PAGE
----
• 14. The Dannaker’s Property Water main in path of sidewalk (blue portion of measuring tape = proposed edge of sidewalk). 3’ saves the yard from being dug-up, save current walkway, hedge and driveway. Old Lancaster Road October 1, 2007 Daylesford Station thru Conestoga Road BOS Presentation
  • 15. 1201 Old Lancaster This tree will cut down unless you give it ‘a yard.’ Planned edge of sidewalk Old Lancaster Road October 1, 2007 Daylesford Station thru Conestoga Road BOS Presentation
  • 16. 1217 Old Lancaster Old Lancaster Road October 1, 2007 Daylesford Station thru Conestoga Road BOS Presentation
  • 17. So What Did the Township Do? Before & After Photos Sidewalk Project South-side of Old Lancaster Road
  • 18. Before and After 1135 Old Lancaster Road Before After Equally drastic is the change in view looking “out” our windows. Full-disclosure: the township is replacing the trees… the replacements have (wait for it…) 2” trunks. Gee, thanks
  • 19. Before and After Before After It’s almost unrecognizable.
  • 20. Before and After Before After •  Exposed much?
  • 21. Before and After •  In front of one of TE’s oldest houses Before After
  • 22. 2 Examples of the Trunk Size 42” trunk 36” trunk These majestic trees will be replaced with trees that have between 1.5” and 2” trunks
  • 23. Before and After Before After •  So much for privacy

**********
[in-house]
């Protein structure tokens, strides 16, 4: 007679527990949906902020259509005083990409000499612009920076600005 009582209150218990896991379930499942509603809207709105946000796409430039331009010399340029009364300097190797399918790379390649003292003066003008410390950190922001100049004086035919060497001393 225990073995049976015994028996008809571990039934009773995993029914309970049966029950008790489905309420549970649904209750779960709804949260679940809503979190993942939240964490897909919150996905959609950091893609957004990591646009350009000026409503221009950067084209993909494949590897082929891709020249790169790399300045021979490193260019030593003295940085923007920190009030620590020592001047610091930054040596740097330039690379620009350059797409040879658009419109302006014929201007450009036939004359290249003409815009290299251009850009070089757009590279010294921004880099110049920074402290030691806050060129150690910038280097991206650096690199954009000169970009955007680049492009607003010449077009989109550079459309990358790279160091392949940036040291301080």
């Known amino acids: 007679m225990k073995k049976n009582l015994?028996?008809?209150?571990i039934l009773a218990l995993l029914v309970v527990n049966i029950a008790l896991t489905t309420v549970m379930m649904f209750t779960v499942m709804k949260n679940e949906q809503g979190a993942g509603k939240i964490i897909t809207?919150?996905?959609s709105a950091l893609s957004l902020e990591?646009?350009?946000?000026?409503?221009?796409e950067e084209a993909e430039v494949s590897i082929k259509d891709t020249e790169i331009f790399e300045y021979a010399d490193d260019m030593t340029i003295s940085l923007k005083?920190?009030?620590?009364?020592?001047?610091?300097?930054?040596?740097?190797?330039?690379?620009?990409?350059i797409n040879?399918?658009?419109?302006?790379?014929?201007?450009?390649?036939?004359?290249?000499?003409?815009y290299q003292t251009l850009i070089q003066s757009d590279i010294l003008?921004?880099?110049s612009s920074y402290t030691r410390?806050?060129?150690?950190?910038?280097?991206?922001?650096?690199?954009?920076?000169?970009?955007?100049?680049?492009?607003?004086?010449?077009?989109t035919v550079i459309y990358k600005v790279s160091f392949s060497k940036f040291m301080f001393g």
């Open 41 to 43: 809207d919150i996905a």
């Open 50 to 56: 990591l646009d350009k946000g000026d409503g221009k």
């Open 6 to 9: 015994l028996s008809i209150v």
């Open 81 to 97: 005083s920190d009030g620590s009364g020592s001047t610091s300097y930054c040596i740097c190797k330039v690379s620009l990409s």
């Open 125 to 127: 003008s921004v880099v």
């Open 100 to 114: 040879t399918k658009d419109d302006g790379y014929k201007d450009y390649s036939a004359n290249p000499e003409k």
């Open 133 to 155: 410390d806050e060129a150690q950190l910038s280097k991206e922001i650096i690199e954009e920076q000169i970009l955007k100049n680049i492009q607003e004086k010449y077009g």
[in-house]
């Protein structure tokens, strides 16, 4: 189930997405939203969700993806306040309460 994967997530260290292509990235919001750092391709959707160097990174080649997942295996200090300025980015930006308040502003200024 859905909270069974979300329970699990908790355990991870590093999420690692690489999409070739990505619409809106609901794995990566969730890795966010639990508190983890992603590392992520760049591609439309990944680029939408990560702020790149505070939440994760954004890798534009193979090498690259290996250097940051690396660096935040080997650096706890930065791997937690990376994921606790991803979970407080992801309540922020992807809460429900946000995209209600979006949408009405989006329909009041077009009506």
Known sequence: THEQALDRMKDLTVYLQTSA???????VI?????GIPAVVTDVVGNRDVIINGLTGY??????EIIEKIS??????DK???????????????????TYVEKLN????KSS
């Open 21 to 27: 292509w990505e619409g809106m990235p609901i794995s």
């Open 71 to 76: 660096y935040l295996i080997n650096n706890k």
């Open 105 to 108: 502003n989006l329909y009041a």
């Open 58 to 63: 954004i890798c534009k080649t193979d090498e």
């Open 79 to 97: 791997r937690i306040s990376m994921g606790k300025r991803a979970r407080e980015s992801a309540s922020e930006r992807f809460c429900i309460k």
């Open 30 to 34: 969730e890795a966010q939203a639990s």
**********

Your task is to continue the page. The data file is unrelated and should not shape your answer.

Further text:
• 24. TE Has Spoken •  You will give up your land like it or not. In fact, we’re taking 15’ deep x property width (> 2,000 s/f ) •  You will have a 5’ sidewalk, a 5’ sidewalk extension and a 2’ shoulder. While the SCHOOL doesn’t even have this overkill, you will because you are on a State owned road. •  We will continue to tax your property as if it were the original parcel. It doesn’t matter that 2,000 s/f of it has been converted to public property. •  We will take your trees and landscaping. Sucks for you that our replacement trees won’t be worth 1/10th of the cost we can get for selling your trees as firewood. •  We will take the coveted parking that you depended on when you bought your house. It is of no concern to us that contractors, public safety, friends & family will have no where to park. •  You will maintain the sidewalk -like it or not. In fact, if you don’t, you will be fined $600/day. •  You will be responsible for daily watering and care of the new grass and trees plantings. Not our problem if you don’t have time (work/travel) and the new plantings die. •  If a driver hits the curb and doesn’t own-up to it, you (the homeowner) will be made financially responsible even if the damage was the results of a Pa DOT plow or a drunk driver. •  You will be responsible for the safety of pedestrians. If someone trips or slips in front of your house, it’s you that they must take to court. The township is making you legally responsible. •  You will figure out how to shovel 750 s/f +/-. It doesn’t matter that NONE of you have a garage (room for a snow blower) and therefore, will need to shovel by hand or pay someone. We will not help you get rid of snow. We will not reduce your property tax to accommodate the loss of land. We’ll take & take. We’re giving you ‘nothing.’ We won’t even consider a split in the share of maintenance and repair. While we “could” have budgeted a couple hundred dollars for tree replacement along the State owned sections (significant land-loss & tree age), we won’t. We’ll give you 1.5”-2” tree trunks because really, 4” tree trunks is asking too much.